My Aunt Marsha is nearing retirement age and has never married, but it hasn’t stopped her from creating a rich, loving, vibrant life. She’s been abroad, sometimes alone but more often with other single friends, several dozen times, picking up French and a bouquet of foreign scarves along the way.
As my six siblings and I grew up, we’d take turns spending weekends with her, glorying in her watery oatmeal for Saturday breakfast along with the glut of cartoons mother never let us watch, lazy afternoons in the apple orchard or hitting up art galleries and craft fairs with $5 in our pockets Aunt Marsha had very seriously charged us to spend exactly as we wished. We all fought over whose turn it was to visit Aunt Marsha next, always insisting it was our own. And as her mother, my grandmother, aged into a senile invalid, Marsha tended her every moment until grandmother’s death. That decade transformed my beautiful, childless aunt into the mother of her own mother.
My brother and I once had a conversation during those years about how odd it was that our sickest, weakest grandparent managed to live the longest, and how trying it was for Aunt Marsha to pour her life into someone so needy for so long. I was just then (and still am) knee-deep in my own toddlers, who astonished me with their own need for constant attention.
“Maybe God is keeping grandma alive to give auntie an opportunity to express sacrificial love in a way she otherwise would not because she has no husband or children,” I suggested to my brother.
In Public Discourse recently, Carissa Mulder discusses the plight of (especially conservative, religious) single ladies, like my aunt, in an era of so few good men. She suggests a number of appropriate responses, but seems also to forget some. Her bottom line seems to be: Resign yourself to a husband- and child-less life, ladies, and start diverting your energies to other avenues of service. As my aunt’s life shows, this approach can wrest good from evil, but resigning ourselves to the existence of a bad thing may also end up perpetuating it by reducing the pressure for change.
Girl Power, Redefined
Contentment with one’s lot in life is a virtue, but so is seeking a more perfect good. One of several things Mulder misses is women’s age-old power to cultivate society by transforming men. Women have a unique power to lift men into better versions of themselves, not through nagging and scolding or enticement and entrapment, but by encouragement and attraction. Dante and Beatrice’s story is archetypal. In Divine Comedy, Beatrice serves as Dante’s muse and “good angel” to literally, but slowly, lift him from hell. Her innocence and beauty inspires and guides Dante through many dark nights and evil encounters.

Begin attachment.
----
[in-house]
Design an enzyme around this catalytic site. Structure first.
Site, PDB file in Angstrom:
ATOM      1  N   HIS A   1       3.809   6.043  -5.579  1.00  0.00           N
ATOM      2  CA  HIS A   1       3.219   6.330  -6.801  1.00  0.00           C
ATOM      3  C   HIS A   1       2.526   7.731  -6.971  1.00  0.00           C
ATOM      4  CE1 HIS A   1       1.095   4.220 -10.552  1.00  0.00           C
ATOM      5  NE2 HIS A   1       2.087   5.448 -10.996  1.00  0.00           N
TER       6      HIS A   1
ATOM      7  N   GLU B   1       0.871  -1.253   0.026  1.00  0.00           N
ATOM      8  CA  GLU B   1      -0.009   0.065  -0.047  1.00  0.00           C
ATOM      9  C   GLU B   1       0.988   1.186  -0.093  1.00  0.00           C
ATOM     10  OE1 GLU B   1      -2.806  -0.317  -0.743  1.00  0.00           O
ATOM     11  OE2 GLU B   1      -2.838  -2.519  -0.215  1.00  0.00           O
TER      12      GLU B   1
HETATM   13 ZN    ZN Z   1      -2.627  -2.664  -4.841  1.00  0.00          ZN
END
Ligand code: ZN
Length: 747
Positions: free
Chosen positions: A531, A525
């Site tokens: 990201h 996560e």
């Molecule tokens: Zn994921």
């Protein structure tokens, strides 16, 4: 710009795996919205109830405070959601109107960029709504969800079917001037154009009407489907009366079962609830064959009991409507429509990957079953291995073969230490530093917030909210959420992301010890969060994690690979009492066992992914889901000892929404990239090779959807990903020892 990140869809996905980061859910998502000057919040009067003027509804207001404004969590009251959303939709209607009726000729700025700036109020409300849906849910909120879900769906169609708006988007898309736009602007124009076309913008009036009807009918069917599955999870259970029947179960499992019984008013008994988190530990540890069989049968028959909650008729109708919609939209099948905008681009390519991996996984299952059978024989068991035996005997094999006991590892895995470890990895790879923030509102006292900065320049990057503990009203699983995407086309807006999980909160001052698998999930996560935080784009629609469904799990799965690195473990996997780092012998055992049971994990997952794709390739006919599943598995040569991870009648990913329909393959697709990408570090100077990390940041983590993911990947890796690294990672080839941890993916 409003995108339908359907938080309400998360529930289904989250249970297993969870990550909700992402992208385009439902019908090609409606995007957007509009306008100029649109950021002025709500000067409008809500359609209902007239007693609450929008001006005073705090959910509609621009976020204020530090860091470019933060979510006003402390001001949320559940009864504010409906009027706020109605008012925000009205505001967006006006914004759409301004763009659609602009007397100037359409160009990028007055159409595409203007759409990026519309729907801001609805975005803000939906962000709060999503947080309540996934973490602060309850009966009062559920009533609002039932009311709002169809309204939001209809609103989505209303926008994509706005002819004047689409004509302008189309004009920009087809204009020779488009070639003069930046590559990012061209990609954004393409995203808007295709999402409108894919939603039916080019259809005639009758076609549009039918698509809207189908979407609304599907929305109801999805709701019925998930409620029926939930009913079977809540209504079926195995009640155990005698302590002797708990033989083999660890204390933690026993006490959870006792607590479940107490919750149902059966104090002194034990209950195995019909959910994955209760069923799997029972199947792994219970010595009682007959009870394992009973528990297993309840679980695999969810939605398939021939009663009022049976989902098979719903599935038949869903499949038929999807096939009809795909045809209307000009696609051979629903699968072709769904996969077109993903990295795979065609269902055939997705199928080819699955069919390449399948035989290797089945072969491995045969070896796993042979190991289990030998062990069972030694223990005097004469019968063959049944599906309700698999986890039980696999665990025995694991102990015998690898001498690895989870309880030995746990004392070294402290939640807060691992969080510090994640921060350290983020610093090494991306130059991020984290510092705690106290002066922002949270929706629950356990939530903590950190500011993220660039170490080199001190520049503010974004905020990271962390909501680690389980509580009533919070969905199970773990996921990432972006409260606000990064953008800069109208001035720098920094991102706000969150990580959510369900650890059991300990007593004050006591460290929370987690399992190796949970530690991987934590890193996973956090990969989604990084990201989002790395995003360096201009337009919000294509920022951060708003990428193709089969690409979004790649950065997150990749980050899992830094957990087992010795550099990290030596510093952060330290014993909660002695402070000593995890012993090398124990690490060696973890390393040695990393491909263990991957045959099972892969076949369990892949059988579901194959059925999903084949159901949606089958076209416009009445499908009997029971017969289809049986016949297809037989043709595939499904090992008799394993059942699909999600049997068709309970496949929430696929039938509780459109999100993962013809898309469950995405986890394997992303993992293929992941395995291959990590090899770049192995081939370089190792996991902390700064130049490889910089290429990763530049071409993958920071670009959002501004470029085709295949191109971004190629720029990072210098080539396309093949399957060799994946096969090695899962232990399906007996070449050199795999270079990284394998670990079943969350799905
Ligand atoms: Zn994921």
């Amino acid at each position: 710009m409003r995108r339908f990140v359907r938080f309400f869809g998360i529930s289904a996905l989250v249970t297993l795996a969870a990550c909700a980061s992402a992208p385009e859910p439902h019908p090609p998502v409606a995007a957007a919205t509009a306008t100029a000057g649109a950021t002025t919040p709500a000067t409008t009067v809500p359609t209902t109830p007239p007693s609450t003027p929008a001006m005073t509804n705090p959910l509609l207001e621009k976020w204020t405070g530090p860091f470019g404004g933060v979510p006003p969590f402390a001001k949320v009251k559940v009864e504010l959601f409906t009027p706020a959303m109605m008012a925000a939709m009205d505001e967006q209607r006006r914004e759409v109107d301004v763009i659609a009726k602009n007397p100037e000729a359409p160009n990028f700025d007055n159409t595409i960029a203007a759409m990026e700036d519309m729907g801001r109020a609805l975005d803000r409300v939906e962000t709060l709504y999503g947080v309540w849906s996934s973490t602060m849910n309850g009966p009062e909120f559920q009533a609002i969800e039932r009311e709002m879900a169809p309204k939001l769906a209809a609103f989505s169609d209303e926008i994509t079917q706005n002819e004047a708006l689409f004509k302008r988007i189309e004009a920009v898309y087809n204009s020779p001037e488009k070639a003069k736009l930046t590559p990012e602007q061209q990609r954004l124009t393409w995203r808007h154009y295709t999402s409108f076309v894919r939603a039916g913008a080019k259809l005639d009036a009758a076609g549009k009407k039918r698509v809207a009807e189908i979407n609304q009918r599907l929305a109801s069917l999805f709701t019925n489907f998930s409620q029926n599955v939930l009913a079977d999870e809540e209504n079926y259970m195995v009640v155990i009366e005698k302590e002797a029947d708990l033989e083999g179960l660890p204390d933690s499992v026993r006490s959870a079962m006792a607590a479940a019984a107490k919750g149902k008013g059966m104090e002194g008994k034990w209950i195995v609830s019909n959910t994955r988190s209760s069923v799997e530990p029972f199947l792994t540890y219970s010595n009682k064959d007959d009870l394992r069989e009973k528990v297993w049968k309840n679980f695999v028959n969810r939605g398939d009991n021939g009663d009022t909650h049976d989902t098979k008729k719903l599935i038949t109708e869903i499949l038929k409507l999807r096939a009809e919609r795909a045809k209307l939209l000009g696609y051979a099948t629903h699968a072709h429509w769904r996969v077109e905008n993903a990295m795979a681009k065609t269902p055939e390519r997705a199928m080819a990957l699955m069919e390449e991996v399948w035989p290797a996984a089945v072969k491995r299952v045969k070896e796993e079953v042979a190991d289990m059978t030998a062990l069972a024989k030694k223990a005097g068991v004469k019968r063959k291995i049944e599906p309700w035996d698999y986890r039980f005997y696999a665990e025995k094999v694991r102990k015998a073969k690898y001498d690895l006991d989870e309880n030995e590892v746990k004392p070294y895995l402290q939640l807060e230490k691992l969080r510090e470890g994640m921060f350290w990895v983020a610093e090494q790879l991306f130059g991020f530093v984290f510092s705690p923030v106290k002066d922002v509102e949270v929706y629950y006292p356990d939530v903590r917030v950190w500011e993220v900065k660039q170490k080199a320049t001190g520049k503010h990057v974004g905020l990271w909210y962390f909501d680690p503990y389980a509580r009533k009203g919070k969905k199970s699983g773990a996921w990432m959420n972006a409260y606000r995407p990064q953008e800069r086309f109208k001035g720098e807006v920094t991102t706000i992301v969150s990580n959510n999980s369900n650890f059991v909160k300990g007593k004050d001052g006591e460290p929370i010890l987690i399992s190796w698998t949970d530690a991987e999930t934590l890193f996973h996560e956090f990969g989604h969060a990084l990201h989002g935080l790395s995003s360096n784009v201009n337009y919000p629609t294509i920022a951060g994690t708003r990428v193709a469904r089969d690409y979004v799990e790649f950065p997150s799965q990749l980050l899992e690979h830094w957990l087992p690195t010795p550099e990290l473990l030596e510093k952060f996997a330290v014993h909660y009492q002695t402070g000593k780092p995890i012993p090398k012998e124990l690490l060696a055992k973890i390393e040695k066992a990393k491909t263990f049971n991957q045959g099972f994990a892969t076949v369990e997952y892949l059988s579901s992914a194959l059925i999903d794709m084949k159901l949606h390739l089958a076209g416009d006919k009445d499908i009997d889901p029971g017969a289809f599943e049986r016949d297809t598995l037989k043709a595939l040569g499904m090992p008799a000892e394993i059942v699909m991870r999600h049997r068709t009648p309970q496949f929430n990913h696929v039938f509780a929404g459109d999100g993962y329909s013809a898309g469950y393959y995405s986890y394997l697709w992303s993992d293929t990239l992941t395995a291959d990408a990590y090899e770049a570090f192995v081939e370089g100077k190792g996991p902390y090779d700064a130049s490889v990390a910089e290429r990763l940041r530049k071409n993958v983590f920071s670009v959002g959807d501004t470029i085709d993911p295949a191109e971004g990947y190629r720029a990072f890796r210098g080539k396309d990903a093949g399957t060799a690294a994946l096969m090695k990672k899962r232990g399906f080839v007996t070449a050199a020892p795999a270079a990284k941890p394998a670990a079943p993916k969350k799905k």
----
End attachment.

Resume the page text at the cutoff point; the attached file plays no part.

Men tend to be brutish, but they like women, and therefore are willing to do uninteresting things like shower, get a decent job, and curb poop jokes to gain our respect and attention. But this positive power women can exercise to men’s benefit has been obscured by a society that wishes instead to pretend our power lies in acting, not like Beatrice, but Delilah—a temptress who, rather than inspiring men towards virtue, further mires him in his worst vices.
I am not suggesting that women marry “a fixer upper,” but that we realize we are all fixer-uppers to some degree, and that discernment (and perhaps some mentors like an older married couple) can help us find the ones that will fix up nicely. That’s what I did—not that my husband was a terrible lout or anything, but I knew his main vices when we married and calculated that having a family to support would knock him out of his tendency to loaf, especially given his history of working sweaty jobs with long days. I was right. And it’s not just my husband. A number of my friends married “diamonds in the rough.” One, for example, slept through college classes and even work frequently. Once married and on the hock for his family, however, it’s remarkable how his punctuality has improved. If his current quite happy wife had refused “to settle” for an imperfect man, she would almost certainly now not be married, and neither would I. Women who will only take a Mr. Darcy as he appears in the end of Pride and Prejudice bypass the exciting possibility that they can cultivate their own Mr. Darcy, just like Elizabeth did.